From Cocktails to Cupcakes: Tony Award Winner Cady Huffman's Culinary Picks of New York City | Playbill

Special Features From Cocktails to Cupcakes: Tony Award Winner Cady Huffman's Culinary Picks of New York City
Tony Award winner Cady Huffman spends her nights strutting her stuff on stage as the scantily-clad Vaudeville performer Sylvie in Douglas Carter Beane's most recent Broadway drama The Nance, but beneath that teeny burlesque costume beats the heart of a bonafide foodie.

Cady Huffman
Cady Huffman Photo by Monica Simoes

Known for her Tony Award-winning turn in The Producers as bombshell assistant Ulla and in the show-stopping role of Ziegfeld's Favorite in The Will Rogers Follies, Huffman's off-stage passions include a lifelong love of food – one which fans may already know from her on-screen appearances as a judge on "Iron Chef America" for ten years. spoke with Huffman about her passion for food and her top-seven must-eat places for everything from cupcakes to cocktails to brunch.

Where did your love of cooking and food come from?

CH: I grew up in an Italian household in California, so everything was fresh. I lived with my mother and my grandmother. My grandmother cooked the sauce. When she did the sauce it was a two-day affair. You didn't just whip it up and throw it on the table. She had a "pasta fazool" [pasta e fagioli] that was legendary! I can't believe no one bothered to write the recipe down. We all still talk about it.

I remember my grandmother loved her toast a little burnt. She would put a little mayonnaise on it, slice some tomatoes and some salt. There was something a little ritualistic about food that was special. You sliced, you prepared. And my mother, who was a single mother, worked three part-time jobs, but she and my grandmother always made sure that someone was cooking dinner for us. We had a very experimental kitchen; she loved to cook different things and this was California, so everything was fresh. Nothing packaged at all. How did "Iron Chef" come about for you?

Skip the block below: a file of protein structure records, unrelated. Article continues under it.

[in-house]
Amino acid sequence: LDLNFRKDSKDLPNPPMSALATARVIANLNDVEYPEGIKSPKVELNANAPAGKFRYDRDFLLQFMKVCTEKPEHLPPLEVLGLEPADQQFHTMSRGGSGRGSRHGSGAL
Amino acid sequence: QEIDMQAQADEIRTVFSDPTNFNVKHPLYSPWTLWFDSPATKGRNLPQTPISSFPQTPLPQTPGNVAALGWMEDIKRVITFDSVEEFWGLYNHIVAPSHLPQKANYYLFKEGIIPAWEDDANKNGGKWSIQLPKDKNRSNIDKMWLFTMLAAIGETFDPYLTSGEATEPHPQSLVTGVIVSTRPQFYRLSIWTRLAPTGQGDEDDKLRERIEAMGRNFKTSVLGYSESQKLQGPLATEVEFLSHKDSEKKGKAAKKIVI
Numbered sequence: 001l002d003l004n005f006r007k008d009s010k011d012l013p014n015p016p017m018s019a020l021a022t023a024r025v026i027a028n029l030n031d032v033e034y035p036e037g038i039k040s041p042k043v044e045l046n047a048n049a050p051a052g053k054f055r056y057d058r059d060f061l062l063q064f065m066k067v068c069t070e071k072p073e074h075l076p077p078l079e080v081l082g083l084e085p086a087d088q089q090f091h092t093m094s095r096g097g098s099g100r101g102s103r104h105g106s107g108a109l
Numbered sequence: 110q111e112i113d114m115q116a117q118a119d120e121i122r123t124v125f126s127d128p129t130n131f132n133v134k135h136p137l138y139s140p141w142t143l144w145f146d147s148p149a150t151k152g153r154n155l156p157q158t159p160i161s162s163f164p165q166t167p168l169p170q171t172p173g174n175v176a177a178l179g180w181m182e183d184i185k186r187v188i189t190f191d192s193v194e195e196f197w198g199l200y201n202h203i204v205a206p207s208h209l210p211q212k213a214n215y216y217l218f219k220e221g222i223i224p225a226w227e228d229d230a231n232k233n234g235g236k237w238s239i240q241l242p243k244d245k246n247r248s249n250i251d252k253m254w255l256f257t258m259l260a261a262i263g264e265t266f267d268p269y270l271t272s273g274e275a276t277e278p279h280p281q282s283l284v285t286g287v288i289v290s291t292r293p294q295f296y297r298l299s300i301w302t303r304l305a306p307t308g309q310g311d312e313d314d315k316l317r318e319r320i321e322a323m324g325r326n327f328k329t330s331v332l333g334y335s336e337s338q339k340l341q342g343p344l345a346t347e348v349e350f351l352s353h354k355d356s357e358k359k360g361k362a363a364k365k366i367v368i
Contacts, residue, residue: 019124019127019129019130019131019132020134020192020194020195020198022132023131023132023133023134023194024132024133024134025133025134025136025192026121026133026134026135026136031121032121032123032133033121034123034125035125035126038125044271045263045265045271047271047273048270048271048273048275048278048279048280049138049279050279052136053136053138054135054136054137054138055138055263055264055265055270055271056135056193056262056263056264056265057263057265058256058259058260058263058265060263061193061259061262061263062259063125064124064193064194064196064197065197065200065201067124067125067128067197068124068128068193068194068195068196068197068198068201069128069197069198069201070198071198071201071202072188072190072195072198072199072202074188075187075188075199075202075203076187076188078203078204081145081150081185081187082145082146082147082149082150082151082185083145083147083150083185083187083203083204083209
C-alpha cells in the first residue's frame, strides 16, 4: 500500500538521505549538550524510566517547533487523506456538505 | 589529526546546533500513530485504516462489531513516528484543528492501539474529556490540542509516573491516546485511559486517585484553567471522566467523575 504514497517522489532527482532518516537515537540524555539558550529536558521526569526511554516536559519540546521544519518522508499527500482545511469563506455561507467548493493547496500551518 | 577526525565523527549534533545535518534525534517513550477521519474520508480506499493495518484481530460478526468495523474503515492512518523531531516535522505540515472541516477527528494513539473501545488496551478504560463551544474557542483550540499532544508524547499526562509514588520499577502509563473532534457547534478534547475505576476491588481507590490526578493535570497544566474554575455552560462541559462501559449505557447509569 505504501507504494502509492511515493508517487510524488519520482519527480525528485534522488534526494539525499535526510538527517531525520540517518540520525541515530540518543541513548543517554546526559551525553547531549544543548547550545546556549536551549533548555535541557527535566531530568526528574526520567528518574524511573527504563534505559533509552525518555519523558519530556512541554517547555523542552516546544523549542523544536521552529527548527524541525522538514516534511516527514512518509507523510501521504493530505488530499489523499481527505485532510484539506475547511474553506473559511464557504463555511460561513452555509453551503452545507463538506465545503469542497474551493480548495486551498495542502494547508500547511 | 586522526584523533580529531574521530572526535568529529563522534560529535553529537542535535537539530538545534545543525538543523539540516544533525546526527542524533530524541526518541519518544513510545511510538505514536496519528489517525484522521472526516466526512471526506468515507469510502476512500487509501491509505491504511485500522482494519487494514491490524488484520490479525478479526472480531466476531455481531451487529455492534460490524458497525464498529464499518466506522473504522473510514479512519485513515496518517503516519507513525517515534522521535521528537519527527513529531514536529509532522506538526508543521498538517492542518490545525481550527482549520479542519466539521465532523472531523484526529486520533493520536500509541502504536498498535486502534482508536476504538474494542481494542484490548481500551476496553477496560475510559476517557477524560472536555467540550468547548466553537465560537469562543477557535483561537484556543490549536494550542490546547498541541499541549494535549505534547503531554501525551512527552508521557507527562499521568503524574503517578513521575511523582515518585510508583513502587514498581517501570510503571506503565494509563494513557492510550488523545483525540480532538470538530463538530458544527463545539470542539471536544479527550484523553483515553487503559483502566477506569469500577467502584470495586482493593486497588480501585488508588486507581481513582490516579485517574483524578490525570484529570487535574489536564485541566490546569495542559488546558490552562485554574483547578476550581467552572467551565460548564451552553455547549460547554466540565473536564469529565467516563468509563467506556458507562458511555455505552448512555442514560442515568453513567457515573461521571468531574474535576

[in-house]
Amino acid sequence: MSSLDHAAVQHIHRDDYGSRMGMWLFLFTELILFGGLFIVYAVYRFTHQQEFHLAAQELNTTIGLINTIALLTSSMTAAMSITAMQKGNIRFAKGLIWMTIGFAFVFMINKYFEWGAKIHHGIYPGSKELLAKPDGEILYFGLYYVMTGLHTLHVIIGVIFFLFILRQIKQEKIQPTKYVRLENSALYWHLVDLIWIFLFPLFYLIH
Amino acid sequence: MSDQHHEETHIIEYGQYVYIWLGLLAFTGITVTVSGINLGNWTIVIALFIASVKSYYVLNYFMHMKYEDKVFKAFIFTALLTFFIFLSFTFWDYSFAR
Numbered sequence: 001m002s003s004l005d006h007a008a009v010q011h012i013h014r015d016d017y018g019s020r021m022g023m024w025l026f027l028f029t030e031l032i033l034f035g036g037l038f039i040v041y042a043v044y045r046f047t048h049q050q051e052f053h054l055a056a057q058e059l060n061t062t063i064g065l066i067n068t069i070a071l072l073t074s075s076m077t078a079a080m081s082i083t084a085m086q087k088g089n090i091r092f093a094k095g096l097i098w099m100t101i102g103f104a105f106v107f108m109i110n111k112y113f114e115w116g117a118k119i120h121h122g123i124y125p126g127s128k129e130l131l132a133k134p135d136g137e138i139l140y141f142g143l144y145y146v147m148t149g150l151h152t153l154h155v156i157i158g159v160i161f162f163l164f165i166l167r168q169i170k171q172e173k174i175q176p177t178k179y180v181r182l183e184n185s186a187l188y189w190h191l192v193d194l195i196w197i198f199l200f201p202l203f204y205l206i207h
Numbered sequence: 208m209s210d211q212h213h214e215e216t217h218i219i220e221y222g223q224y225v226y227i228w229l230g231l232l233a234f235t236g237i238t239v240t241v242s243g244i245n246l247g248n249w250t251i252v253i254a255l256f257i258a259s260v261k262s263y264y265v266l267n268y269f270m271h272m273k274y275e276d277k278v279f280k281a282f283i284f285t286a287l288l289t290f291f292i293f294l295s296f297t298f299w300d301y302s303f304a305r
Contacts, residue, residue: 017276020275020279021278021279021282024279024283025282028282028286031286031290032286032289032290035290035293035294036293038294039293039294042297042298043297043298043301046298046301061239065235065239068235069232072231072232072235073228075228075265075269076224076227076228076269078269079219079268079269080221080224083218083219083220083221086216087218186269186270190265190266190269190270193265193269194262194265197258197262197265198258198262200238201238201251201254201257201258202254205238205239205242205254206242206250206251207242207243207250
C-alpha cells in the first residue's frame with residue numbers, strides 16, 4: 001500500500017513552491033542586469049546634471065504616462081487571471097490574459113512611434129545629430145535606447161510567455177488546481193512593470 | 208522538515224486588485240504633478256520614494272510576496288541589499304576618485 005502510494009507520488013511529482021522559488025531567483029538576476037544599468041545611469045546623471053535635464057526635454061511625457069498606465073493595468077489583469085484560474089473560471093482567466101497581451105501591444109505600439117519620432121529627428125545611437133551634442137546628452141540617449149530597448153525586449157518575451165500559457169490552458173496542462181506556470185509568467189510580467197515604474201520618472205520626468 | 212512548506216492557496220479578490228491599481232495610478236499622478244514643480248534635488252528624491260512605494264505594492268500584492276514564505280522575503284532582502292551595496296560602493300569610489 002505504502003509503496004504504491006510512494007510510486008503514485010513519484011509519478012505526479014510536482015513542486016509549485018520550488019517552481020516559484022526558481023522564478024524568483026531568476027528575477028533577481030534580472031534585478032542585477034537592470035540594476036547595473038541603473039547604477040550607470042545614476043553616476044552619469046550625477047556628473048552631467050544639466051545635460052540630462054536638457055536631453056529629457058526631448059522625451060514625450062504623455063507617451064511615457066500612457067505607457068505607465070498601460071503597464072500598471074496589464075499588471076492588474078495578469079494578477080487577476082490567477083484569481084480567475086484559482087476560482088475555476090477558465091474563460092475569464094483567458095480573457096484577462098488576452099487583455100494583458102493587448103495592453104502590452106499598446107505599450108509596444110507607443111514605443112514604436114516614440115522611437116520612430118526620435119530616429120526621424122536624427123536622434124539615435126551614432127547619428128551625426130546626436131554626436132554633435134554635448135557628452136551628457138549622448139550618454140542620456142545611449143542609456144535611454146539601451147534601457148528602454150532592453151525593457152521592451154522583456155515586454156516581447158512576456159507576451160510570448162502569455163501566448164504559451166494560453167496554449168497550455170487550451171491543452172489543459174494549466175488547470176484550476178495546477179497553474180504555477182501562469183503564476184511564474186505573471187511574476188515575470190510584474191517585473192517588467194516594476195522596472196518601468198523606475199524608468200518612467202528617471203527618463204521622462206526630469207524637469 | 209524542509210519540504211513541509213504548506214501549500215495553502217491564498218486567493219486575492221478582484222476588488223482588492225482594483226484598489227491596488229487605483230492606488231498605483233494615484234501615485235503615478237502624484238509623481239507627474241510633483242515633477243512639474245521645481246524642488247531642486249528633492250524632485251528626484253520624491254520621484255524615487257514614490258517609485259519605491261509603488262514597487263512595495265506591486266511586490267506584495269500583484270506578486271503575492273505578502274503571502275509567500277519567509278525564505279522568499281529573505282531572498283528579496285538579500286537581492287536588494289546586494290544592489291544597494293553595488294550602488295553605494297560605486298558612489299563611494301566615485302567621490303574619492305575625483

CH: A friend of mine at Food Network was producing "Iron Chef America." They had done the pilot and foodies can be very dry, especially back then, and I think I was in The Producers, and he said, "Cady, you're sort of a celebrity." [Laughs.] "Would you come onto our new show?" I was like, "Free food? Sure, I'll do that." And then I ended up doing ten seasons of it.

It was funny, I didn't consider myself a foodie, particularly. So, when I got on the show, I found that I really do have a palette and that people for some reason wanted to hear what I had to say about the food. I think because I put it in pretty simple terms. And I could rib Jeffrey Steingarten, and I love him! [Laughs.] He's so knowledgeable, but what happened was I learned so much from all of them. I'm so happy to have tasted some of the best food in the world.

Was there anything they put in front of you that made you think, "How am I going to eat that?

CH: I have no food phobia at all. I have put strange things in my mouth! [Laughs.] One of the big things I learned doing "Iron Chef" was the aesthetics of food. It has to looks pleasing before you eat it. It all looks gorgeous, so you never think, "Ew, I'm not going to eat that mountain of calves liver."

Did anything surprise you that you thought might not be as good as it was?

CH: Actually never. I'm kind of boring that way. Some things certainly surprised me. One of my favorite things was the Offal battle – things that fall off a butchered animal. So, it was pig's ears, trotters, blood, tripe – anything. That was the only show where they called me beforehand to make sure I would do it.

People are going to wonder how you maintain a dancer's body and indulge. Any secrets?

CH: I don't reward myself with food and I don't punish myself with food. And I think that is much more the root of dietary problems. I don't eat processed foods and I don't like fast food. As I've gotten older, I have to watch my diet. I stick to gluten-free, I cut out some dairy and meats. I eat well and I don't worry about it too much.

Click through to see Cady Huffman's Picks of her New York City culinary destinations:

Señor Pollo (221 1st Avenue A).
I love Peruvian chicken. Peruvian chicken is a roasted chicken served with yogurt-based dipping sauces. I fell in love with Peruvian chicken 25 years ago at a place that doesn't exist anymore. So, I was looking for another place on the Internet, where I could find it. Then I found Señor Pollo in the East Village. It's a little cafeteria, but you can get a whole chicken with spinach-mashed potatoes! It's cheap and it's delicious.